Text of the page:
MI challenged the right of CSAV by submitting that the lien notices were defective because they (i) mis-stated the amount due, and (ii) did not explain how the sum claimed was made up. The judge noted that there was ample authority on the need to give notice to exercise the lien. The judge rejected the submission of MI. Having considered the relevant law, the judge held that – in the case of a simple charterparty chain of one time-charter and one voyage charter - effective notice to invoke a lien was given where the sub-charterers were informed (in one or more communications) (i) that the owners were assignees of debts owed (or to be owed) by the sub-charterers, (ii) what debts were so assigned, (iii) that an amount was due to the owners under the head charterparty, and (iv) that the owners required that the assigned debts be paid directly to them. The judge considered that no particular form of words were required for conveying the information.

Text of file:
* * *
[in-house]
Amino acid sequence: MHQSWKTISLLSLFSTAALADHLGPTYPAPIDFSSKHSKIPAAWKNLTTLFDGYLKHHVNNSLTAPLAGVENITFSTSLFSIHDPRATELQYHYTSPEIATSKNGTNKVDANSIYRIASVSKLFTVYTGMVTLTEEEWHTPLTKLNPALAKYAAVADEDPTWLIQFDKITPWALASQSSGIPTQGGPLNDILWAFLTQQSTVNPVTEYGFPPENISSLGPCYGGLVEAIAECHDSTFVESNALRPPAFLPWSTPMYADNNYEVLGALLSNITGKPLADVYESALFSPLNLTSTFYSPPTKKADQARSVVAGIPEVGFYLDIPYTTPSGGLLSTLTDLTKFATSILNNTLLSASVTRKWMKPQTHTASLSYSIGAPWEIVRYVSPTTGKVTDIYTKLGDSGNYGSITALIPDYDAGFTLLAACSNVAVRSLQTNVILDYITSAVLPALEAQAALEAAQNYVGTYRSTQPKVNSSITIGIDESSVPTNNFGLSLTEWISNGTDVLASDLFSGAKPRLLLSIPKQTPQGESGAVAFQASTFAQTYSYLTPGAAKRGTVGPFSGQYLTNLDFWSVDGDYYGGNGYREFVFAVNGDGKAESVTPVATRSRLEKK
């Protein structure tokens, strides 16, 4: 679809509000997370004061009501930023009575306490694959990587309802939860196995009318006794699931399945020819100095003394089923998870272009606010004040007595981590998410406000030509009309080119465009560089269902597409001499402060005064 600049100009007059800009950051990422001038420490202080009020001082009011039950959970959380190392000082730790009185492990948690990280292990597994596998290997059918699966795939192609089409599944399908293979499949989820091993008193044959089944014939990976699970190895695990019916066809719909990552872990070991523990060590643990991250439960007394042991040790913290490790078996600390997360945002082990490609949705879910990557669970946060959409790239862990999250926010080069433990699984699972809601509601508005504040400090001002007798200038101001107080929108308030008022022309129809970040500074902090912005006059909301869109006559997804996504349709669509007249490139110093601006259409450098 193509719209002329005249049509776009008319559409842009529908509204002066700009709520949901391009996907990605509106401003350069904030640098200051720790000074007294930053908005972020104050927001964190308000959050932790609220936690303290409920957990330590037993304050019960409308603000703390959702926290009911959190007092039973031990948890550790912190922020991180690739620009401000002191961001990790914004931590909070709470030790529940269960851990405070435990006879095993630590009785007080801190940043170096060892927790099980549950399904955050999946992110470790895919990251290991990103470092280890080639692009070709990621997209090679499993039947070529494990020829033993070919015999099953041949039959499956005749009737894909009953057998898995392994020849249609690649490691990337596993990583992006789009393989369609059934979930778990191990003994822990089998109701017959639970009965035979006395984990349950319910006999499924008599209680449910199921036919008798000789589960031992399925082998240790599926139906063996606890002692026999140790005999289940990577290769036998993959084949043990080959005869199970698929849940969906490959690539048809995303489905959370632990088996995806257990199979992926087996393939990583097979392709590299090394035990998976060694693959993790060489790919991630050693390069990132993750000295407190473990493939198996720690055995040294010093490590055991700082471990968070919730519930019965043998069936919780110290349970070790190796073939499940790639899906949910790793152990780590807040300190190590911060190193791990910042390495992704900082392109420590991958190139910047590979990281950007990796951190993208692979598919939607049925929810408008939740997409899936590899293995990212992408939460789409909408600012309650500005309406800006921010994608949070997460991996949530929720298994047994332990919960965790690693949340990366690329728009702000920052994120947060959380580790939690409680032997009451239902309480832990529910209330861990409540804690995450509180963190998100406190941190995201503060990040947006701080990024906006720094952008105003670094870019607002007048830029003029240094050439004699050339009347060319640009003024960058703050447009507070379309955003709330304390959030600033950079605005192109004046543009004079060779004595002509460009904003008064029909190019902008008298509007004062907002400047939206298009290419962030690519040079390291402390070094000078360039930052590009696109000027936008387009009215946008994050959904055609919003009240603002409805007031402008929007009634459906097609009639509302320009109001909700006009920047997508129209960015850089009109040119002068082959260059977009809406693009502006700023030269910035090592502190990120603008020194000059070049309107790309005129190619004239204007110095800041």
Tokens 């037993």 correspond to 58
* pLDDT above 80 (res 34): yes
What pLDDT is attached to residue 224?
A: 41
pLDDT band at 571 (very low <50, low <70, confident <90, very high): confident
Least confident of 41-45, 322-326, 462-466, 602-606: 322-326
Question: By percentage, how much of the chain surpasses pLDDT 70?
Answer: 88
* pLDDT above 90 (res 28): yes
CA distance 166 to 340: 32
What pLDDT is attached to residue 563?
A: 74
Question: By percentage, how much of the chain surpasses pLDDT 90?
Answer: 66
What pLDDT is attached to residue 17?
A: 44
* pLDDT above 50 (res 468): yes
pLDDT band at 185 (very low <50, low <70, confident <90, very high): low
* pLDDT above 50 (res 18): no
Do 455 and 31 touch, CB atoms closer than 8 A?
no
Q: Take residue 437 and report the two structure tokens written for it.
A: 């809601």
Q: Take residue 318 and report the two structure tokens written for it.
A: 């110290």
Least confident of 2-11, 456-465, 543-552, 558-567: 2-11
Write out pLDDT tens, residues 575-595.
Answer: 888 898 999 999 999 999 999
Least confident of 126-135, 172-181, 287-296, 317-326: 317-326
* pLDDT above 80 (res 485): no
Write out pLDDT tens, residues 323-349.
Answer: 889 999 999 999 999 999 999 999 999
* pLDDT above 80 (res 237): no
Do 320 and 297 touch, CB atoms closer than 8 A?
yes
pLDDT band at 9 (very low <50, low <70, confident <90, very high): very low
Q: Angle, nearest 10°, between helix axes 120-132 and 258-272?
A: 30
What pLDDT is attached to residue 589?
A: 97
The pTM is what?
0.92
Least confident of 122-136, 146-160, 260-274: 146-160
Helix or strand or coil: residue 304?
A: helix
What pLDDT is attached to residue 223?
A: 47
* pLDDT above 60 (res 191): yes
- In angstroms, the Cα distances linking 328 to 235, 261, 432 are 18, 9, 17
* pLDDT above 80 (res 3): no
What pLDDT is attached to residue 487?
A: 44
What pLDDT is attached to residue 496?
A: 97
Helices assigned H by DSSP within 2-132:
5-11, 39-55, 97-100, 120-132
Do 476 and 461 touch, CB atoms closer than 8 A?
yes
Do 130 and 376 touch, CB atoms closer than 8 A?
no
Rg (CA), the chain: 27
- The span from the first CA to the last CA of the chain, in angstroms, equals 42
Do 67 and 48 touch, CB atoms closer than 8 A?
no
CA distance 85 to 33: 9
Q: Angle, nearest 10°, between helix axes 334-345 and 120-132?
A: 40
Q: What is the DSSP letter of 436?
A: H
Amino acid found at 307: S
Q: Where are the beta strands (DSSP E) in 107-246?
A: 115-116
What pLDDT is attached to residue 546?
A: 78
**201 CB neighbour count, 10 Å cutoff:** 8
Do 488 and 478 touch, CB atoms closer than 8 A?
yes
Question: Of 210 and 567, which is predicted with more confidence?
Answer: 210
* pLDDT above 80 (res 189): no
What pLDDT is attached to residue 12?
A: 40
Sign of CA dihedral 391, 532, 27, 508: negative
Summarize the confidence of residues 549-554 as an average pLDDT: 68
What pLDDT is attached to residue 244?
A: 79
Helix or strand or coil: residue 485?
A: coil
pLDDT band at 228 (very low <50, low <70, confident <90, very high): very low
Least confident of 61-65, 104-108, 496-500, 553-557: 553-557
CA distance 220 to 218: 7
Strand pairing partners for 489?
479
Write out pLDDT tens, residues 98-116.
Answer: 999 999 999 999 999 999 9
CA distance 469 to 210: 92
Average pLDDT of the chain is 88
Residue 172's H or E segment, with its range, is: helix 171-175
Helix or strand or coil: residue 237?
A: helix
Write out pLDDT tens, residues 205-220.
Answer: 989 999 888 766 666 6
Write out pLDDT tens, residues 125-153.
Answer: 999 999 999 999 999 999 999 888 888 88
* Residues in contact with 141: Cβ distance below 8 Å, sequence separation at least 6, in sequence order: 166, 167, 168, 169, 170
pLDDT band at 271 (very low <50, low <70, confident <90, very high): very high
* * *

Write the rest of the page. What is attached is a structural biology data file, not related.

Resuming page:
The judge held that the first and second notices met those requirements.

Charter hire claim

CSAV relied on The “Tropwind” (No.2) (fn.5) for the proposition of law that they were entitled to reasonable remuneration, where the vessel had been withdrawn under the time charter, because FIH had either expressly or impliedly requested the services of the vessel (to complete the voyage and deliver the cargo). That position accorded with the judge’s own decision in The “Kos” (fn.6) and also found support from the Australian judgment of The “Lakatoi Express” (fn.7). It also accorded with the statement in a leading practitioners’ work (fn.8). Accordingly, the question was whether or not FIH had in fact expressly or impliedly requested the services. The judge decided that as a matter of fact FIH had impliedly requested the services. This was on the basis that after the withdrawal of the vessel, while DBHH had obligations under the bills of lading contracts, they were under no contractual or other obligation to FIH to continue the voyage and to deliver the cargo. However, FIH would on the face of it have been in breach of their obligations under the voyage charter if cargo was not delivered to Indonesia and Malaysia. FIH had given instructions to the vessel (or purported to do so). The implication was that they were calling upon the vessel to provide her services to complete the voyage.